I wish to thank Charles Spence for his fine and informative article reporting on the Angel Flight tribute dinner in Washington, D.C. (Capital Comments: Tribute dinner shines light on GA’s humanitarian efforts, June 9 issue). He writes that missions are flown in “all types of aircraft from four-place single-engines to corporate jets.” I can attest to missions involving single adult passengers, or cargo rather than passengers, being flown in two-seat trainers such as the ubiquitous Cessna 150/152. (See photo of myself, a trusty 150, and three coolers of blood I delivered last February to BFI from Sequim Valley Airport.)
Also, two regional organizations of Angel Flight America, Angel Flight West and Angel Flight Southeast, allow experimental or homebuilt aircraft to be used for missions not involving passengers, such as flying medical supplies, blood and other tissue, and service dogs.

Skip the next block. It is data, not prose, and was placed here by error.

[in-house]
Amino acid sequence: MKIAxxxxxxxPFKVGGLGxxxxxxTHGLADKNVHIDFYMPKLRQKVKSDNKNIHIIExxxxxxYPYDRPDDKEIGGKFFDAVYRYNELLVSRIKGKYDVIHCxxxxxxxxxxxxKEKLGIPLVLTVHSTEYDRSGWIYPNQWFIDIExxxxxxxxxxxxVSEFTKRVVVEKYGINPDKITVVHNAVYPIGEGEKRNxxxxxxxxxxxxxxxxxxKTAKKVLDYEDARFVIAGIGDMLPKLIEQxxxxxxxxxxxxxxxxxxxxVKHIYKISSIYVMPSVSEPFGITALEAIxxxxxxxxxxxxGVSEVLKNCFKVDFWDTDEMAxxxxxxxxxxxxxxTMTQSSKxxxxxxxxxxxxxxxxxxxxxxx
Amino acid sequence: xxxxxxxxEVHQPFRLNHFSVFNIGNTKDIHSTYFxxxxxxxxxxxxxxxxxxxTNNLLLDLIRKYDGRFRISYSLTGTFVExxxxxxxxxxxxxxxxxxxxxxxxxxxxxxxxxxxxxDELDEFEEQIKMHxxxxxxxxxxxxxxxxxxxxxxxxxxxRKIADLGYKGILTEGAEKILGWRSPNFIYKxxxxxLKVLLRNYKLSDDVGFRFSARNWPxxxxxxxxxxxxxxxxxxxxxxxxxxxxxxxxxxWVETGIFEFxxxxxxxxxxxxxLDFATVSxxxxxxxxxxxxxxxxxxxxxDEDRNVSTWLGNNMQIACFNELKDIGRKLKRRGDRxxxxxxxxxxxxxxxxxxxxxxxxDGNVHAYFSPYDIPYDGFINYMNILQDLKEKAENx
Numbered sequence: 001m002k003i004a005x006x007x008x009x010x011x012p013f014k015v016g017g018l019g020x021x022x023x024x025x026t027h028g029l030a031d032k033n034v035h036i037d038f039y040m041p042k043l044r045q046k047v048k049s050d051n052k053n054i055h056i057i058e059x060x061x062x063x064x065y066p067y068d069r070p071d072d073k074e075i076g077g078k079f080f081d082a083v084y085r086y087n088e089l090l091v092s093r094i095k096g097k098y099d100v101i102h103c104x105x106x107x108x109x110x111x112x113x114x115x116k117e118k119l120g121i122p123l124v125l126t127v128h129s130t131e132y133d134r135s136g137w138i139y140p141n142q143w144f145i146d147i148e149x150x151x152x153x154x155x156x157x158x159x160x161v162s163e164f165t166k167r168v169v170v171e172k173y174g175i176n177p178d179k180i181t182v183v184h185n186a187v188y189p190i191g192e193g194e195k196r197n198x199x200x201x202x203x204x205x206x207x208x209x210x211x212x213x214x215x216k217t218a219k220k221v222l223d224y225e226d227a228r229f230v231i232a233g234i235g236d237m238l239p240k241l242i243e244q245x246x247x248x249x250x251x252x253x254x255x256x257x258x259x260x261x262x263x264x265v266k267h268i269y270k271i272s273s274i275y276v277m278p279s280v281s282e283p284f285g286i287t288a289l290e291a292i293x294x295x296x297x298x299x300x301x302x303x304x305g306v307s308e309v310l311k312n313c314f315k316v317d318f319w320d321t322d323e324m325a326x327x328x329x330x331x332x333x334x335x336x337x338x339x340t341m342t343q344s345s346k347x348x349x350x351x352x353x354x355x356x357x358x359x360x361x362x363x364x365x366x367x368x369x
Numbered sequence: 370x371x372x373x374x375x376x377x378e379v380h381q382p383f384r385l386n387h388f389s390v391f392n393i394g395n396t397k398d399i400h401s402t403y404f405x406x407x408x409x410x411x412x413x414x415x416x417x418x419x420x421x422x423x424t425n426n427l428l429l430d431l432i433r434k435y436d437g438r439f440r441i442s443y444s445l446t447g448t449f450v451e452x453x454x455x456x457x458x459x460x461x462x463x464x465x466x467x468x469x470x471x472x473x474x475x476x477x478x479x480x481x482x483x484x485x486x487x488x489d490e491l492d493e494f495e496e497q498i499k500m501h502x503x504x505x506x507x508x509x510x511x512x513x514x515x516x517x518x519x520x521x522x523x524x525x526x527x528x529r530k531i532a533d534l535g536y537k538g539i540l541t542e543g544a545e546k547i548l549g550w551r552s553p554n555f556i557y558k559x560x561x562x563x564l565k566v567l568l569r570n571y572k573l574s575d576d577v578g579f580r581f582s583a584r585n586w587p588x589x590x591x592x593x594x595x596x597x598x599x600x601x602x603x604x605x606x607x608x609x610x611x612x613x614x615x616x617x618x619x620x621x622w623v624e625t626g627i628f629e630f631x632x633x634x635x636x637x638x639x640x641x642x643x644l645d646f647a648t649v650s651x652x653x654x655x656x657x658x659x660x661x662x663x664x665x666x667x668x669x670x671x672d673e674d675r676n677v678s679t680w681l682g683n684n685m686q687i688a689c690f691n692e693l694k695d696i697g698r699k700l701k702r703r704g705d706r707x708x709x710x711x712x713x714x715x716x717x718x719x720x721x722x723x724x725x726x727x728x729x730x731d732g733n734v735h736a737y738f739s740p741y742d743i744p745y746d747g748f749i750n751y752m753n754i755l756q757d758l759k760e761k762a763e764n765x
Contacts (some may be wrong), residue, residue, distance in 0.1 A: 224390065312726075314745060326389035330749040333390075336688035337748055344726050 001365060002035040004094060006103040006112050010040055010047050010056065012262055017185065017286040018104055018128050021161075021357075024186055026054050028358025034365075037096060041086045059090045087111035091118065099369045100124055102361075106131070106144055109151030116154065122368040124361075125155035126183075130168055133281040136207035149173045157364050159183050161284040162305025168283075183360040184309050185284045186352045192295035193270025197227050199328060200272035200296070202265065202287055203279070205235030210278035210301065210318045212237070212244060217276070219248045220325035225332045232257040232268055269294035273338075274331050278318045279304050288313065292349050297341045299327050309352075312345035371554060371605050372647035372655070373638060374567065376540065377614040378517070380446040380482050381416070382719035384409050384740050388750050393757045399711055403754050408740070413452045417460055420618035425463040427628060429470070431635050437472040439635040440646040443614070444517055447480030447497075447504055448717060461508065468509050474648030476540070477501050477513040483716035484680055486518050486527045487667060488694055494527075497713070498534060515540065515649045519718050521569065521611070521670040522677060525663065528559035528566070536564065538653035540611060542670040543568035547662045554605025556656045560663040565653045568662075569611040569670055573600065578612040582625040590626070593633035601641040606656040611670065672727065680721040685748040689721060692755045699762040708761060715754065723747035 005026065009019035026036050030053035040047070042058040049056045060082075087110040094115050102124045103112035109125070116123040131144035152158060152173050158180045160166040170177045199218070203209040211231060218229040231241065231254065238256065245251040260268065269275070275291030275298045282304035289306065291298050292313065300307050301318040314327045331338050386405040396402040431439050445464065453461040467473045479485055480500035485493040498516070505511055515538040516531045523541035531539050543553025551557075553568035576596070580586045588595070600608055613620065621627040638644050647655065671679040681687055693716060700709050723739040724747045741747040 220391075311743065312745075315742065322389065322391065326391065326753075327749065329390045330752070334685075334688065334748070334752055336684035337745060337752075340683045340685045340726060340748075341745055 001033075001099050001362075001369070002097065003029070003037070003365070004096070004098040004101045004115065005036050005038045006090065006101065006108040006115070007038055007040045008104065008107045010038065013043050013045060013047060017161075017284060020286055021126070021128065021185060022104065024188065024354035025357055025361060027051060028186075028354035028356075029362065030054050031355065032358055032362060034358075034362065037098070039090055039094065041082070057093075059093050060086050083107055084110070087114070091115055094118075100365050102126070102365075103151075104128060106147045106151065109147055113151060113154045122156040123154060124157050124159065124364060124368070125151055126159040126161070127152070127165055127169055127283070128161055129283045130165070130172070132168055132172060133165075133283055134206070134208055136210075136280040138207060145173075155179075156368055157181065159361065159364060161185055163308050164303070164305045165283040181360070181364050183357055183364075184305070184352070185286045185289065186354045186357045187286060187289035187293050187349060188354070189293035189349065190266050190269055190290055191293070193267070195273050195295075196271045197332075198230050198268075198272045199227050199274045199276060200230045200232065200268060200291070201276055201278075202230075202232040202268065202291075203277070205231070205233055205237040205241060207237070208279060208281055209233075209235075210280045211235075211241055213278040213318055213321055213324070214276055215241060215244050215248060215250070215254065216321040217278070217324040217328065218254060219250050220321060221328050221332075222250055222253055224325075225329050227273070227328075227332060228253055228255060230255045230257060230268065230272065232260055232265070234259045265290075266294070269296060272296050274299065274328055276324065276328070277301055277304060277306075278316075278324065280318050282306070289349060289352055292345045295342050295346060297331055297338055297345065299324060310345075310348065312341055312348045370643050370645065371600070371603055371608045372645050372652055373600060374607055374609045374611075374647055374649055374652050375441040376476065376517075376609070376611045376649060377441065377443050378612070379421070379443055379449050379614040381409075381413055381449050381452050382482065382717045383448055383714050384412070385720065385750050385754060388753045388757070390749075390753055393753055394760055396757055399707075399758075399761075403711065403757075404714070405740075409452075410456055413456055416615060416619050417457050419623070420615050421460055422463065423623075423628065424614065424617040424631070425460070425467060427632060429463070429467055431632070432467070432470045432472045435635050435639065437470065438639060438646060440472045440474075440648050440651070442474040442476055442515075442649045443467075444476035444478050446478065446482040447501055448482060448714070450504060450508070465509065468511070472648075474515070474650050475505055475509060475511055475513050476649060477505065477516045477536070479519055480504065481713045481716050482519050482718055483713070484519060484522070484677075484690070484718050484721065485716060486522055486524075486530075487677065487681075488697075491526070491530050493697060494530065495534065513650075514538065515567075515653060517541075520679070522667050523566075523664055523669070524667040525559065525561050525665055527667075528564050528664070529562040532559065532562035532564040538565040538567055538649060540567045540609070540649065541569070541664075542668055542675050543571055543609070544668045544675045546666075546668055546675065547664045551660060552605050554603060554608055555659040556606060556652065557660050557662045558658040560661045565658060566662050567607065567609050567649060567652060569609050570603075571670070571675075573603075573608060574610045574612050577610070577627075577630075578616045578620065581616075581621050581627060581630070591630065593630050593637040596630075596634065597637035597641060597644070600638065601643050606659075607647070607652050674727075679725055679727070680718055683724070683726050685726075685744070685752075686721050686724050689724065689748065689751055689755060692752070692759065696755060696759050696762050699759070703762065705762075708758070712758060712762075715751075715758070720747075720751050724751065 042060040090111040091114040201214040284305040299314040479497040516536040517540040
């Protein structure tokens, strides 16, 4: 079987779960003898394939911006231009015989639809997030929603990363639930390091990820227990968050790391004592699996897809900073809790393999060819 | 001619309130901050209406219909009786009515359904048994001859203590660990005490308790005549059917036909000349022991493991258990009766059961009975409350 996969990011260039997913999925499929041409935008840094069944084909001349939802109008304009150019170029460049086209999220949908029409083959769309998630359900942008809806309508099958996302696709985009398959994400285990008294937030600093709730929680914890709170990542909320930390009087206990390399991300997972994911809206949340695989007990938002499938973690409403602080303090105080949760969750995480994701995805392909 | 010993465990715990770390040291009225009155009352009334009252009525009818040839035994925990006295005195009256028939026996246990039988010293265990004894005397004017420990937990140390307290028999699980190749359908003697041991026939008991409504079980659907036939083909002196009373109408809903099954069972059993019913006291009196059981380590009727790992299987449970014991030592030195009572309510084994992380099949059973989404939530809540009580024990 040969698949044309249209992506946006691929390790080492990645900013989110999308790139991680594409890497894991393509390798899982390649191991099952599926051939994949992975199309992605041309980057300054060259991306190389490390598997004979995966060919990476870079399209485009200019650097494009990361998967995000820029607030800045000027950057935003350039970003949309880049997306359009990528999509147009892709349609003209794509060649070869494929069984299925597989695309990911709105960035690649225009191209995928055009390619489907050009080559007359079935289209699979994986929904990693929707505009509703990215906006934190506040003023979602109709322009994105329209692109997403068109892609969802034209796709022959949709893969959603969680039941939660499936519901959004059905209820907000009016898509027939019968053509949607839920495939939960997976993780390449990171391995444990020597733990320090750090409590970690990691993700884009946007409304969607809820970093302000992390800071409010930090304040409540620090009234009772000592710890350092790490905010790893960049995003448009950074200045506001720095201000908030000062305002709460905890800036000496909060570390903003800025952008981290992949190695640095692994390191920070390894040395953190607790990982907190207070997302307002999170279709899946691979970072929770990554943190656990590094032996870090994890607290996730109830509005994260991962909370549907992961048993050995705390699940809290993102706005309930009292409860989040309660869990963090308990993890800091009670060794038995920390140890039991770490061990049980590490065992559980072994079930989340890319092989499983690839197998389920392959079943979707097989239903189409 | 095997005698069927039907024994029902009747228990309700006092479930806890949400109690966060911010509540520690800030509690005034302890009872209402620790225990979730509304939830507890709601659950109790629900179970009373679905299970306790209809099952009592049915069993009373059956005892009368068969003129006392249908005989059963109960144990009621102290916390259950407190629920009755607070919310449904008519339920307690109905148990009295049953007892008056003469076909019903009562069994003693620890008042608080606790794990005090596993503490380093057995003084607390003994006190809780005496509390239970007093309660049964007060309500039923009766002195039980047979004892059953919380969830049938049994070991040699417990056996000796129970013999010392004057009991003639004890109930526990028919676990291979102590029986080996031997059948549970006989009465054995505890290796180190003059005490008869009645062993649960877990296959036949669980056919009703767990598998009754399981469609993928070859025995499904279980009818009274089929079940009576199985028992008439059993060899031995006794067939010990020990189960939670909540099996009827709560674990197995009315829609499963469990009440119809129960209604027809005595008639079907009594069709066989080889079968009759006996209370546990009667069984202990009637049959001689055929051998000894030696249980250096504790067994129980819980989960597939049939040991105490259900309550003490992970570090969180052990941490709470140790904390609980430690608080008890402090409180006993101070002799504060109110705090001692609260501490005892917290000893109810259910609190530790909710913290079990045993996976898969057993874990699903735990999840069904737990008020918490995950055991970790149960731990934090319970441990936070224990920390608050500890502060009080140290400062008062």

In my home state of Washington, pilot members of Angel Flight West fly nearly 20 missions a month transporting blood for the Puget Sound Blood Center. They fly from community airports near blood drives happening throughout western Washington, including threatened airports at Blaine and Anacortes, to BFI or RNT where a van meets the plane to deliver the blood to the lab.
These missions began in May 2005 after the Washington State Ferry system announced that, for security reasons, unattended parcels could no longer transit Puget Sound. Angel Flight West stepped in to assist and mission numbers increased dramatically when lab personnel realized that so much more could be done with the blood because of the time-saving factor of the blood being flown in for processing.
As mission numbers climb in Washington, so does the need for Angel Flight West to recruit more pilots to fly these missions. If a pilot flies an experimental able to accommodate two or three coolers with the following dimensions, 27″ x 16″ x 18″ (the size of the larger coolers used by PSBC), Angel Flight West would love to hear from them. For more information, go to AngelFlightWest.org.
Thank you, Mr. Spence, for your story.
Command Pilot/Washington Wing Pilot Recruiter Angel Flight West